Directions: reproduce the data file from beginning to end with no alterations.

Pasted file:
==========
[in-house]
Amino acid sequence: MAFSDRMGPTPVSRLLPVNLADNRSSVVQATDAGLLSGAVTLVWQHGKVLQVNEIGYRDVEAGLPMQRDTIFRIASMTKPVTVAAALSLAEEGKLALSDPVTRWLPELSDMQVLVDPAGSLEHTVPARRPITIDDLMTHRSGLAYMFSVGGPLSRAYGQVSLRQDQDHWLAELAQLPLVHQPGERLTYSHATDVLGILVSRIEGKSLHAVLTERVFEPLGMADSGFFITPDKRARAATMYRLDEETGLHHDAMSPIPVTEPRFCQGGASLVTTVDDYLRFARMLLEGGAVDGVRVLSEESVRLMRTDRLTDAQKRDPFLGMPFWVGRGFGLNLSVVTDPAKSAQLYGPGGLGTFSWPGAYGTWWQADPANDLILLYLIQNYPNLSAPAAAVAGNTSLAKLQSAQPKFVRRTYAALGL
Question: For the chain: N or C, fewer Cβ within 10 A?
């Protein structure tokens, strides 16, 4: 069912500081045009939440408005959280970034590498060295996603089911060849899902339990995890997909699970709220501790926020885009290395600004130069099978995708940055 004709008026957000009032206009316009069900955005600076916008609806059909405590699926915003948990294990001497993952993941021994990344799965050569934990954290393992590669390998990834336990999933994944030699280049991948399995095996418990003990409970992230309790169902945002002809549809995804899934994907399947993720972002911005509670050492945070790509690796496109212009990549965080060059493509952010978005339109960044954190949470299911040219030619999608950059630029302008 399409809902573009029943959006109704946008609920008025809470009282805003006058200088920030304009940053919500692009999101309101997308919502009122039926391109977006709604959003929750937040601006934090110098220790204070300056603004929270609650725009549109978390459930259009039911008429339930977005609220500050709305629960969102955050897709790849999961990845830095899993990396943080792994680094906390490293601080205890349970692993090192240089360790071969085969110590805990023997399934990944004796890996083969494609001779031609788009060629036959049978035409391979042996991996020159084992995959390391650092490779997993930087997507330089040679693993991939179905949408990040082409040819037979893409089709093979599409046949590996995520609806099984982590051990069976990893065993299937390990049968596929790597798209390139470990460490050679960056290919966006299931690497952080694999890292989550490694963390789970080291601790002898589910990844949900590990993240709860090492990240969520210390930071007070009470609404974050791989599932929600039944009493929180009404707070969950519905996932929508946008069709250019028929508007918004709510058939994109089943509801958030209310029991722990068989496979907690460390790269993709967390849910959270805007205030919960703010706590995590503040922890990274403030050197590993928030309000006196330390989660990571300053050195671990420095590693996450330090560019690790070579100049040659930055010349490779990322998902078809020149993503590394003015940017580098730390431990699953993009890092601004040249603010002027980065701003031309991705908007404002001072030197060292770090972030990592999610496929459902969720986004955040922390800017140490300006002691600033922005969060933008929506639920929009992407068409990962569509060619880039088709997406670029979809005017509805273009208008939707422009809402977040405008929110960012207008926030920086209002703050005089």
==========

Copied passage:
[in-house]
Amino acid sequence: MAFSDRMGPTPVSRLLPVNLADNRSSVVQATDAGLLSGAVTLVWQHGKVLQVNEIGYRDVEAGLPMQRDTIFRIASMTKPVTVAAALSLAEEGKLALSDPVTRWLPELSDMQVLVDPAGSLEHTVPARRPITIDDLMTHRSGLAYMFSVGGPLSRAYGQVSLRQDQDHWLAELAQLPLVHQPGERLTYSHATDVLGILVSRIEGKSLHAVLTERVFEPLGMADSGFFITPDKRARAATMYRLDEETGLHHDAMSPIPVTEPRFCQGGASLVTTVDDYLRFARMLLEGGAVDGVRVLSEESVRLMRTDRLTDAQKRDPFLGMPFWVGRGFGLNLSVVTDPAKSAQLYGPGGLGTFSWPGAYGTWWQADPANDLILLYLIQNYPNLSAPAAAVAGNTSLAKLQSAQPKFVRRTYAALGL
Question: For the chain: N or C, fewer Cβ within 10 A?
């Protein structure tokens, strides 16, 4: 069912500081045009939440408005959280970034590498060295996603089911060849899902339990995890997909699970709220501790926020885009290395600004130069099978995708940055 004709008026957000009032206009316009069900955005600076916008609806059909405590699926915003948990294990001497993952993941021994990344799965050569934990954290393992590669390998990834336990999933994944030699280049991948399995095996418990003990409970992230309790169902945002002809549809995804899934994907399947993720972002911005509670050492945070790509690796496109212009990549965080060059493509952010978005339109960044954190949470299911040219030619999608950059630029302008 399409809902573009029943959006109704946008609920008025809470009282805003006058200088920030304009940053919500692009999101309101997308919502009122039926391109977006709604959003929750937040601006934090110098220790204070300056603004929270609650725009549109978390459930259009039911008429339930977005609220500050709305629960969102955050897709790849999961990845830095899993990396943080792994680094906390490293601080205890349970692993090192240089360790071969085969110590805990023997399934990944004796890996083969494609001779031609788009060629036959049978035409391979042996991996020159084992995959390391650092490779997993930087997507330089040679693993991939179905949408990040082409040819037979893409089709093979599409046949590996995520609806099984982590051990069976990893065993299937390990049968596929790597798209390139470990460490050679960056290919966006299931690497952080694999890292989550490694963390789970080291601790002898589910990844949900590990993240709860090492990240969520210390930071007070009470609404974050791989599932929600039944009493929180009404707070969950519905996932929508946008069709250019028929508007918004709510058939994109089943509801958030209310029991722990068989496979907690460390790269993709967390849910959270805007205030919960703010706590995590503040922890990274403030050197590993928030309000006196330390989660990571300053050195671990420095590693996450330090560019690790070579100049040659930055010349490779990322998902078809020149993503590394003015940017580098730390431990699953993009890092601004040249603010002027980065701003031309991705908007404002001072030197060292770090972030990592999610496929459902969720986004955040922390800017140490300006002691600033922005969060933008929506639920929009992407068409990962569509060619880039088709997406670029979809005017509805273009208008939707422009809402977040405008929110960012207008926030920086209002703050005089």